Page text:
“Life’s most persistent and urgent question is, ‘What are you doing for others?’” –Martin Luther King, Jr.
Developing empathy in young children is a bit like building a muscle—the more we serve others, the more empathetic we become. Creating a service-oriented mindset doesn’t require lots of time or effort. Many projects can be done from home. The winter months naturally lend themselves to more time with family. Why not use this time to create some simple “kitchen table” service projects to set examples of empathy?
Empathy-Building Service Projects for Kids
- Assemble meals. In many communities that lack food kitchens, volunteers can prepare meals for homeless people that are then distributed to people in need. You could also participate in meal prep for senior citizen centers or “Meals on Wheels.” Or you could keep it simple and make and deliver treats to neighbors and friends.
- Care for animals. Make homemade dog treats or create simple birdseed cookies to hang in your yard for overwintering birds. Create homemade pet toys from socks, fabric, and other notions, and deliver them to local animal shelters, or give them as gifts to families with pets.
- Make a craft. There’s something special about a handcrafted blanket or toy. Make no-sew fleece blankets to distribute to hospitals, shelters, and senior centers. Make puppets or other simple toys to give to children experiencing long-term hospital stays.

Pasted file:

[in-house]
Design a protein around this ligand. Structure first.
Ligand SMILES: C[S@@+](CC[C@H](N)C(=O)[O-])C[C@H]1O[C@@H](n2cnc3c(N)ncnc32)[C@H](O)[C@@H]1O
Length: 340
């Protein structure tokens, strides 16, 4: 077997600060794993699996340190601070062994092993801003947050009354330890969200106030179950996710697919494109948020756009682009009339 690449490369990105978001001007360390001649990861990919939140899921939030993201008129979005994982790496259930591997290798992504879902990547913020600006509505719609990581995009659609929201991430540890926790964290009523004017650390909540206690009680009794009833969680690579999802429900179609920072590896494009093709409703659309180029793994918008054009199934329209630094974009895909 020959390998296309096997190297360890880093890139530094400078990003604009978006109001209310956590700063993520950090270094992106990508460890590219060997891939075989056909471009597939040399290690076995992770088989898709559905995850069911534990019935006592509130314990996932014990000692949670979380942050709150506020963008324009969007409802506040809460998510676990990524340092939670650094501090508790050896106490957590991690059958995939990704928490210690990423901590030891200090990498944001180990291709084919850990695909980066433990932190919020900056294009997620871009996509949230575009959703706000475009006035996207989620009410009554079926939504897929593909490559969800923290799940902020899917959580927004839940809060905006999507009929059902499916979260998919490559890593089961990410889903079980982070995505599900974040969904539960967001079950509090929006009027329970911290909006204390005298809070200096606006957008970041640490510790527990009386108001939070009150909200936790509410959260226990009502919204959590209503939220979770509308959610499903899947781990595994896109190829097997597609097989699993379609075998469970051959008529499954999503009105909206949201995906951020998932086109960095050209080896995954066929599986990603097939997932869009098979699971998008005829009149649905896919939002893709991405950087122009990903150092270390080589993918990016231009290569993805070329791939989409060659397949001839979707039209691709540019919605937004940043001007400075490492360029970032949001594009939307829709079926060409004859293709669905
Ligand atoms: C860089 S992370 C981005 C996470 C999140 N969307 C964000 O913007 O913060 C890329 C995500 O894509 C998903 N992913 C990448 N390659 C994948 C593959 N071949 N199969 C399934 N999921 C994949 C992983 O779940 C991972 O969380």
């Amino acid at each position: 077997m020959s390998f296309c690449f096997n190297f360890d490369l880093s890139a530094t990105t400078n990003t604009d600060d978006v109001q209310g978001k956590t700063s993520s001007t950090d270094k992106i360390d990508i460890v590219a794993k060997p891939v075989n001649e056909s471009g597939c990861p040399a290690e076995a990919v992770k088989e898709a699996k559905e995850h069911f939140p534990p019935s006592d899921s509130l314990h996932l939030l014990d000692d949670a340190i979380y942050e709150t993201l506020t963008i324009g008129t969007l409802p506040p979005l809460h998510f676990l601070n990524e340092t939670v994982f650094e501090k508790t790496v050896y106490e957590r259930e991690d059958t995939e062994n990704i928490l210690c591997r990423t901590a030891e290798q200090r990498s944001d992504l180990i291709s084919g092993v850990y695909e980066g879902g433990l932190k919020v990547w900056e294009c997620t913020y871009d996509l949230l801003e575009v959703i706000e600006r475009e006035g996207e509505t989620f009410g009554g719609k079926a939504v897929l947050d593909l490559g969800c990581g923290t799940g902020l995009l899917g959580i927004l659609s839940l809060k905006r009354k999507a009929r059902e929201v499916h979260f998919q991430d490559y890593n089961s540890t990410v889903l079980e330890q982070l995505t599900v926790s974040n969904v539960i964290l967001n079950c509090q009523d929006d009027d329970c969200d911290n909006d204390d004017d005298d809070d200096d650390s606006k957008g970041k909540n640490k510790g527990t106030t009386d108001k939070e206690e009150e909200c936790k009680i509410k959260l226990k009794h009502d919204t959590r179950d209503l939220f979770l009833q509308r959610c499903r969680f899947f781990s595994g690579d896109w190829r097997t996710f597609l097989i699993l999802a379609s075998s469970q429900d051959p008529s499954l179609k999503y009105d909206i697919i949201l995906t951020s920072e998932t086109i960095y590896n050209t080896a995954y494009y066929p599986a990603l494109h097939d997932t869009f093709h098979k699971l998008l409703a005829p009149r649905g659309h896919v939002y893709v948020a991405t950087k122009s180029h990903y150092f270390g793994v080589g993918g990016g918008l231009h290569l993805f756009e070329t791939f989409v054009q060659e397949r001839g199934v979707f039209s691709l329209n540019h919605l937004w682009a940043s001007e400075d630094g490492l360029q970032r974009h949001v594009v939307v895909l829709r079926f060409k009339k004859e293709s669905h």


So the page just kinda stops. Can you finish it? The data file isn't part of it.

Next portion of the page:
- Create word art. Simple phrases or poems can uplift and inspire. Send thank-you notes to teachers, military personnel, trash collectors, or postal workers. Paint rocks with cheery messages and leave them on paths and in parks.
- Gather supplies. Many organizations, including women’s shelters, food banks, and organizations that serve refugees are in constant need of supplies and materials. Choose a specific theme and ask friends to donate items that go with that theme. For example, one family gathered toiletries and hygiene supplies which were placed in purses and given to refugees for Mother’s Day. Another family had a “baby shower” for a women’s shelter and gathered diapers, baby clothes, formula, and other necessities.
“In a culture that so often appears to reward materialism and greed, practicing kindness and serving others as a family is a powerful way to pass on the values of empathy, thoughtfulness, and social responsibility,” according to the website, Doing Good Together.
If we want children to become adults who believe kindness matters, we must start setting empathy examples when they are young. Children seem to have an innate goodness and a desire to help others. By making service a family priority, we ensure that this tendency flourishes and becomes a lifelong habit.
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